Kim Keat project the top draw in May Build-To-Order launch, which features new measures to help young couples

An artist's impression of Kim Keat Beacon in Toa Payoh. There were almost 2,400 applicants for 542 three- and four-room flats in Kim Keat Beacon as of 5pm on May 28, 2018.
An artist's impression of Kim Keat Beacon in Toa Payoh. There were almost 2,400 applicants for 542 three- and four-room flats in Kim Keat Beacon as of 5pm on May 28, 2018.PHOTO: HDB

SINGAPORE - A Built-To-Order (BTO) project in Toa Payoh drew the most applications in the latest sale of new flats by the Housing Board (HDB), with this month's launch featuring initiatives to help young couples get their first home quicker.

There were almost 2,400 applicants for 542 three- and four-room flats in Kim Keat Beacon as of 5pm on Monday (May 28). Applications are due to close at midnight.

In total, the May sales exercise had 7,603 applicants vying for 3,970 units - an application rate of 1.9 - as at 5pm on Monday.

Mr Eugene Lim, ERA Realty's key executive officer, said application rates were on the lower side compared with previous sales launches due to the less ideal locations this time.

On Kim Keat Beacon's popularity, he said: "This is to be expected, as Toa Payoh has always been a popular location among homeowners, given its central location and comprehensive amenities."

The last time a BTO project was launched in the Kim Keat vicinity was in 2012, and it was a studio apartment project meant for the elderly.

This month's exercise is the first to feature the new measures announced at the debate on the budget for the Ministry of National Development this year.

First, the assessment of income for young couples - used for housing loans and grants - will be deferred to just before they collect the keys to their homes instead of at the time of application.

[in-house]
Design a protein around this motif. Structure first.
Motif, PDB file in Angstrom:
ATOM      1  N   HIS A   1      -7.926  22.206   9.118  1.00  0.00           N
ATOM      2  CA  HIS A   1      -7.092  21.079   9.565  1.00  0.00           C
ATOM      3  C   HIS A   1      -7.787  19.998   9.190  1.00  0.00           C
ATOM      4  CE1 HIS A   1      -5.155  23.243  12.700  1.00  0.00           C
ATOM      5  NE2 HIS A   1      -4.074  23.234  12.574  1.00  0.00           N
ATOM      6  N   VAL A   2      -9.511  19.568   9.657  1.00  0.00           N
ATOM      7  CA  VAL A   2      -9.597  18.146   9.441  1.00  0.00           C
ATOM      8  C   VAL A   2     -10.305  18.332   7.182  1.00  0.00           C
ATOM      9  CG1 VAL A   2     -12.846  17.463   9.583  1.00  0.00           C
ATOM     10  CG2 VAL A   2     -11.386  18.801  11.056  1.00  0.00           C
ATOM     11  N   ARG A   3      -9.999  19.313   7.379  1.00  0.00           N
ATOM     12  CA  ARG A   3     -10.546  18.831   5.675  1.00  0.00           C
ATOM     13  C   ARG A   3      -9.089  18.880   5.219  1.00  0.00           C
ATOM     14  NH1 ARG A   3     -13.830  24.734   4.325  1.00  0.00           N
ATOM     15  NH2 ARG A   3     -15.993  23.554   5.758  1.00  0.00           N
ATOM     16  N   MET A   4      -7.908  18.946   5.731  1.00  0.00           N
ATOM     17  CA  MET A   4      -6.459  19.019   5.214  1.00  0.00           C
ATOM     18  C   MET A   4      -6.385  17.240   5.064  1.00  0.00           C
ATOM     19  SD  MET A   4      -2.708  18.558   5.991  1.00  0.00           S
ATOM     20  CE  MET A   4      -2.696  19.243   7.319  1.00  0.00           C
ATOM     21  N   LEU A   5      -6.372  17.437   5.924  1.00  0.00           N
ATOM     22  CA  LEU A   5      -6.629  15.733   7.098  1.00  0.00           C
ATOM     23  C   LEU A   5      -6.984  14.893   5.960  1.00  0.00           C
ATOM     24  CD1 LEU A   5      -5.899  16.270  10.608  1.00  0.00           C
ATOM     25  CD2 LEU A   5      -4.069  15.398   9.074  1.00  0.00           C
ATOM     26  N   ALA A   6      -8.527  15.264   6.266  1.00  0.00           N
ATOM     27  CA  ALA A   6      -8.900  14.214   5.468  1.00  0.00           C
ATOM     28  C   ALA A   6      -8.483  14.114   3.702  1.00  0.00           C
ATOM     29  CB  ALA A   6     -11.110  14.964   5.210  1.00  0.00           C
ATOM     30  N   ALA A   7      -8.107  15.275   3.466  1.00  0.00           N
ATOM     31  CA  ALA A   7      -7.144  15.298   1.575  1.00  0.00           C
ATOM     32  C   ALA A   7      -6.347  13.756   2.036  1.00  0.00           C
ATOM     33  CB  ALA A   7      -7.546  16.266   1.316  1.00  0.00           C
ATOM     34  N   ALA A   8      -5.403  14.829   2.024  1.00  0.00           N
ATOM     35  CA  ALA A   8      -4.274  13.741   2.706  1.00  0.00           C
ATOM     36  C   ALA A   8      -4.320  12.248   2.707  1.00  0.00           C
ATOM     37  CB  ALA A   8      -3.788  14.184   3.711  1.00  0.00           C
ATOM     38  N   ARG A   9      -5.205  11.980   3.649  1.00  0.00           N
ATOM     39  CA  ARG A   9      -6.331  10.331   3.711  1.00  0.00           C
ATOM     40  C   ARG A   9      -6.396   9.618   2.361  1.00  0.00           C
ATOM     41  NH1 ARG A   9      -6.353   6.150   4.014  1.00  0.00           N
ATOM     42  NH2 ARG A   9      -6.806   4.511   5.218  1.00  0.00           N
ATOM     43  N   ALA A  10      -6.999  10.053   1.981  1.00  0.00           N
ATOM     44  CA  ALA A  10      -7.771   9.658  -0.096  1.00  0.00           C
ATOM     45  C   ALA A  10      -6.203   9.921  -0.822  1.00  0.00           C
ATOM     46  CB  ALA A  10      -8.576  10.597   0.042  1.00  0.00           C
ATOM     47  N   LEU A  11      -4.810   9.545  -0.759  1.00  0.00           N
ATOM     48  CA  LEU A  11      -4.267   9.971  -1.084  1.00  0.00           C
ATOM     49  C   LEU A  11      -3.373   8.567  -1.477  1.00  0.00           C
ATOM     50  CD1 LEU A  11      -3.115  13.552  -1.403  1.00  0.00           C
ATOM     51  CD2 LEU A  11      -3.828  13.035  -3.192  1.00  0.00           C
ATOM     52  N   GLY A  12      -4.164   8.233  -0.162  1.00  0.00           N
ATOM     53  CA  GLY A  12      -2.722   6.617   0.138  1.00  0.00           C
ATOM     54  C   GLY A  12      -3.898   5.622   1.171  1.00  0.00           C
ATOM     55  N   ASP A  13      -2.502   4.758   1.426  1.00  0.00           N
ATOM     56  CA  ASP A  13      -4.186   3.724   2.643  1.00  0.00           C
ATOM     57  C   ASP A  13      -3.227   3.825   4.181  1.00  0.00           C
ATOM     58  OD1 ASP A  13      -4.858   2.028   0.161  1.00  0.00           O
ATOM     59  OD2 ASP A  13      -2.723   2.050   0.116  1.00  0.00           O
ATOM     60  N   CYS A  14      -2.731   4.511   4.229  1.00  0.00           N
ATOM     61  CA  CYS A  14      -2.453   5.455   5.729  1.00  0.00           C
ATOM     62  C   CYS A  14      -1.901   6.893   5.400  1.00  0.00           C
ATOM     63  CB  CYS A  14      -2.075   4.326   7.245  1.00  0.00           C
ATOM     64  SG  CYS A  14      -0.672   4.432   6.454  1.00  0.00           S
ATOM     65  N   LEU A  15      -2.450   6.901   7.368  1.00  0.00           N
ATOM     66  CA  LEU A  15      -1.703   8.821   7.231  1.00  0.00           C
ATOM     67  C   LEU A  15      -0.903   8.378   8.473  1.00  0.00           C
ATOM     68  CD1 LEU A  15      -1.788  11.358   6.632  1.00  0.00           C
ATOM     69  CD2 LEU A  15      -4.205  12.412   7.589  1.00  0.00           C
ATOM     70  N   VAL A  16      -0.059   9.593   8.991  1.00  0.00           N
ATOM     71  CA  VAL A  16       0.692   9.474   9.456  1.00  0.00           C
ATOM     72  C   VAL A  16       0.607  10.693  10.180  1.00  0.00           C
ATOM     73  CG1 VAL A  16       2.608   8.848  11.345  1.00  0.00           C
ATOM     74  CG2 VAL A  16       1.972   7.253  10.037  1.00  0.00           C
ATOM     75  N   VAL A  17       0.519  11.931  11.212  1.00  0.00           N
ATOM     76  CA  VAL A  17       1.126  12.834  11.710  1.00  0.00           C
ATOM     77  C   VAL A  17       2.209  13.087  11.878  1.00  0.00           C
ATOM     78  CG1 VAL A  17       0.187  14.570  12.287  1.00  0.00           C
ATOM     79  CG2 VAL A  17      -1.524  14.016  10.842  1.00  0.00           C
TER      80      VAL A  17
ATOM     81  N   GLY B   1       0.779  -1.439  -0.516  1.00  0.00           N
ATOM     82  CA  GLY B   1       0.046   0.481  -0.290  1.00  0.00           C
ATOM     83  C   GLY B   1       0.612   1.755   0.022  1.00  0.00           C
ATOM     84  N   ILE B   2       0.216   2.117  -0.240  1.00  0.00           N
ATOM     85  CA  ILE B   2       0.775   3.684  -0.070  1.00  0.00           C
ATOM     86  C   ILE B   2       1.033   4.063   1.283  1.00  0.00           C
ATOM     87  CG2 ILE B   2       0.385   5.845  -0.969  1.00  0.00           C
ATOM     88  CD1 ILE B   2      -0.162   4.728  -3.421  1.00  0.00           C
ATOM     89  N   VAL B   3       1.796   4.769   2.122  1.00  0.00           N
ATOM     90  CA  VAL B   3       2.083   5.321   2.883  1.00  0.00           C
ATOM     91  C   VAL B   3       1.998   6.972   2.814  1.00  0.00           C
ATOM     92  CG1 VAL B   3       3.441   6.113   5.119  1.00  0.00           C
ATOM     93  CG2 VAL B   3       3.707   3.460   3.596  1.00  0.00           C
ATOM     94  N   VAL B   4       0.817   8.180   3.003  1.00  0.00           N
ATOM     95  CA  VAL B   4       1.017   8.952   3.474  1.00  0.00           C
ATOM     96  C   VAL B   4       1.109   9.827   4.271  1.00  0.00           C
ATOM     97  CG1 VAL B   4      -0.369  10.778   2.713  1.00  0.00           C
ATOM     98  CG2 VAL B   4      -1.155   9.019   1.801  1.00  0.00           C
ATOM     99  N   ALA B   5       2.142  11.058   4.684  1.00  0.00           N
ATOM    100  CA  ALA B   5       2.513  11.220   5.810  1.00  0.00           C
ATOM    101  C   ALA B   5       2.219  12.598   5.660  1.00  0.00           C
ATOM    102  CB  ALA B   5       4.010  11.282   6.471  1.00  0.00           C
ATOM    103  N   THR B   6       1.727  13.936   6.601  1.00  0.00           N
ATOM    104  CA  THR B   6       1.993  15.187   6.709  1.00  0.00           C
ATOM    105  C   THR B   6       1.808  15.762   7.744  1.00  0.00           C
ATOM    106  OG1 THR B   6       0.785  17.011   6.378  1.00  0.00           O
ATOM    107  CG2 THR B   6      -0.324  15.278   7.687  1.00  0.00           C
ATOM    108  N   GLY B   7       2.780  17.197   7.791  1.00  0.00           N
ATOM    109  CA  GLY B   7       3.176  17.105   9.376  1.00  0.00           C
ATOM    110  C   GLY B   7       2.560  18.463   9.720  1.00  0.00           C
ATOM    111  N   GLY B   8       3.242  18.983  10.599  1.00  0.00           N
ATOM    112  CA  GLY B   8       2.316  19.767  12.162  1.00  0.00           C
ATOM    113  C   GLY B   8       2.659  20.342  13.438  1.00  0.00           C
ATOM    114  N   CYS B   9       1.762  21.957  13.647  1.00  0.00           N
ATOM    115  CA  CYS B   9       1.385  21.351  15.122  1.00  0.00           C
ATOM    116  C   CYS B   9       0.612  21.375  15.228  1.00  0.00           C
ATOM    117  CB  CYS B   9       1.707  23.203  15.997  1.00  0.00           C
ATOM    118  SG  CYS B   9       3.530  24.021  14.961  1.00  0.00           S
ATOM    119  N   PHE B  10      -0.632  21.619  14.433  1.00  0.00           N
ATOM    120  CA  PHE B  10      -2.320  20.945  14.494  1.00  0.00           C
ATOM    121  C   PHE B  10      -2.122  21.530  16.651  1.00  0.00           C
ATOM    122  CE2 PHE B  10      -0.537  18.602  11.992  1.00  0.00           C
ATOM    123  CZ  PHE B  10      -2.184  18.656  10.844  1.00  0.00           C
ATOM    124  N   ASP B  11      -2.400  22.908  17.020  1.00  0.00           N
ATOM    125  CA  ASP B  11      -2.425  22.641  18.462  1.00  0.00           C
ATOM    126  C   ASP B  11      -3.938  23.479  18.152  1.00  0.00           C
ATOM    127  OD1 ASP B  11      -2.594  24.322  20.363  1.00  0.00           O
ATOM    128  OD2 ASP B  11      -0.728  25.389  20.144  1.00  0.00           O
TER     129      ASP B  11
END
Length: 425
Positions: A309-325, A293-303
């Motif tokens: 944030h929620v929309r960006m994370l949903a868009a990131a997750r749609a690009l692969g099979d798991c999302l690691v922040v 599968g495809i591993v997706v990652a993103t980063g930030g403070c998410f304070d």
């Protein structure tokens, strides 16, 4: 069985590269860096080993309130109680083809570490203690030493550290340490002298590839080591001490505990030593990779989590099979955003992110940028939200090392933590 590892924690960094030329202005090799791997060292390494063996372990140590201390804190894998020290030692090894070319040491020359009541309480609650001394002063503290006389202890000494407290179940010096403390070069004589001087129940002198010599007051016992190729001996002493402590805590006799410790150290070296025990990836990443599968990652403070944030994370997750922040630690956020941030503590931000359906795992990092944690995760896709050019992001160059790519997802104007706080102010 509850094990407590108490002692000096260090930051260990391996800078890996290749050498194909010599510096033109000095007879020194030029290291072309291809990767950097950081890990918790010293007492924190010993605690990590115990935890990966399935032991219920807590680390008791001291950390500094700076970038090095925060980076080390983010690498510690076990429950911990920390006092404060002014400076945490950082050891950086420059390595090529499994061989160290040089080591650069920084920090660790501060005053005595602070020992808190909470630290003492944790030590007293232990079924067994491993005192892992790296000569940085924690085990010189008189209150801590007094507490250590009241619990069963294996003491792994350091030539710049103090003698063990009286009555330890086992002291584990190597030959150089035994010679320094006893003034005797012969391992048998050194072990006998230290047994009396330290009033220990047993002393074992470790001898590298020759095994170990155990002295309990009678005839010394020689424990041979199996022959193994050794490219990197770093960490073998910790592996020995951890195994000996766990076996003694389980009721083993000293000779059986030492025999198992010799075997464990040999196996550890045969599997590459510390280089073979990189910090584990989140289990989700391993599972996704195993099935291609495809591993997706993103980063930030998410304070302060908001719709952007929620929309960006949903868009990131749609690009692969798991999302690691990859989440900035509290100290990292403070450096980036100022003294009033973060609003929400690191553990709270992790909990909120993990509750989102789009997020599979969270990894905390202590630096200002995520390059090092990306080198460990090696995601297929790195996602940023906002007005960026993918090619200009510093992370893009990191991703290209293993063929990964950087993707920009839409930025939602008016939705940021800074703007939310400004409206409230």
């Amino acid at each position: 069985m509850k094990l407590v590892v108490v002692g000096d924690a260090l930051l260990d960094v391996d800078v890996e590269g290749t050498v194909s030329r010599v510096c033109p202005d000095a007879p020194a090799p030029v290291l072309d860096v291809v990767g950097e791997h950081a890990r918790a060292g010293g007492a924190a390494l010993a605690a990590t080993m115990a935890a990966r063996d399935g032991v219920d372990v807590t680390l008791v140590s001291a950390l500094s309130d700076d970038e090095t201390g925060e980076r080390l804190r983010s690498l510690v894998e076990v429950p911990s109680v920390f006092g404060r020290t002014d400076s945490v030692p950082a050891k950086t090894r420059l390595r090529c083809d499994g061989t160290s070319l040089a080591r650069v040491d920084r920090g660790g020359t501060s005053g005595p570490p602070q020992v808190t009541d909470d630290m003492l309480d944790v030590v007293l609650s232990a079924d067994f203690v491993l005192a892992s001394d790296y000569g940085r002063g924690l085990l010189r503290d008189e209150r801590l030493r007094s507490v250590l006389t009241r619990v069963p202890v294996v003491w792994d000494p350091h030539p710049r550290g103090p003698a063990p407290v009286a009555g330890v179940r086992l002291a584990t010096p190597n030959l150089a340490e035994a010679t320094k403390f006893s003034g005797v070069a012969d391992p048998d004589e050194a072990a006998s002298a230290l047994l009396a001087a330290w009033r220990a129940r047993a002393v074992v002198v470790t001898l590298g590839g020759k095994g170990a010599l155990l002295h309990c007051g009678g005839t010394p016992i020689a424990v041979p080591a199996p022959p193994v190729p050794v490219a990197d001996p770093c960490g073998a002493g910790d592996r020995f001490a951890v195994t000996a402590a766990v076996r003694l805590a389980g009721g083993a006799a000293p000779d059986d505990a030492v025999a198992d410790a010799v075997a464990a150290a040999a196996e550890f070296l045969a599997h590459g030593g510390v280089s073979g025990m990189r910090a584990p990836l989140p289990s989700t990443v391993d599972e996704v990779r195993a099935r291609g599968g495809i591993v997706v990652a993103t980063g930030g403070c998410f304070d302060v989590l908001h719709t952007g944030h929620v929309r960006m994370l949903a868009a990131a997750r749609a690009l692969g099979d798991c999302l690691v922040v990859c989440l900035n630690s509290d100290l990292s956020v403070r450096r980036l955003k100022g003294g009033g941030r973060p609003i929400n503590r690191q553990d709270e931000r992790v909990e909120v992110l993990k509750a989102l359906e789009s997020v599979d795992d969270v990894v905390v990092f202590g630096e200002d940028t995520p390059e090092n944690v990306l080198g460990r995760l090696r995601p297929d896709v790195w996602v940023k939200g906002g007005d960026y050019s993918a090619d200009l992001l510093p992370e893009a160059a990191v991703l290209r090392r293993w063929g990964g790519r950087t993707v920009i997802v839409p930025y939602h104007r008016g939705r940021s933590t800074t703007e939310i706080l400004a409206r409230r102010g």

Second, those applying for a flat under the Married Child Priority Scheme (MCPS) and Senior Priority Scheme may do so if their married child or parents are living within 4km of the flat they are applying for. The radius was previously 2km.

"Without these new policies, we would see a lower number of applicants," said International Property Advisor chief executive Ku Swee Yong. But he also warned that postponing the income assessment might lead to couples committing early due to "kiasu-ness" instead of a need, leading to higher dropout rates.

ZACD Group executive director Nicholas Mak said it was difficult to gauge from this round if there had been more applicants because of the new measures kicking in, although he expected the extension in proximity to lead to greater demand.

But he said that the deferment of income assessment may not lead to a spike in applicants. "The students and full-time national servicemen this policy is targetting are maybe about 20, 21 years old. But the (average) marriage age is about 30… so this deferment may not contribute greatly to the demand for BTO flats," he said.

ERA's Mr Lim echoed this view, saying: "First-time applicants tend to have worked for a few years before committing to a house as it is a significant financial burden. Hence, application rates are not expected to be affected heavily."

Ms Guinevere Teong, 24, a public service manager, and her boyfriend, Mr Lester Tan, 27, a bank analyst, applied for a four-room flat in Kim Keat Beacon, their first BTO application.

As at 5pm on Monday, there were 2,159 applicants going for 441 such flats in Kim Keat - about five applicants for each unit.

The couple, who have been together for a year and a half, applied under the MCPS scheme as Ms Teong's parents live in Kim Keat Avenue.

"It is great as it would give us a higher chance of securing a flat near our loved ones," said Ms Teong.

The next BTO launch, which is in August, will offer about 4,300 flats in Punggol and Yishun.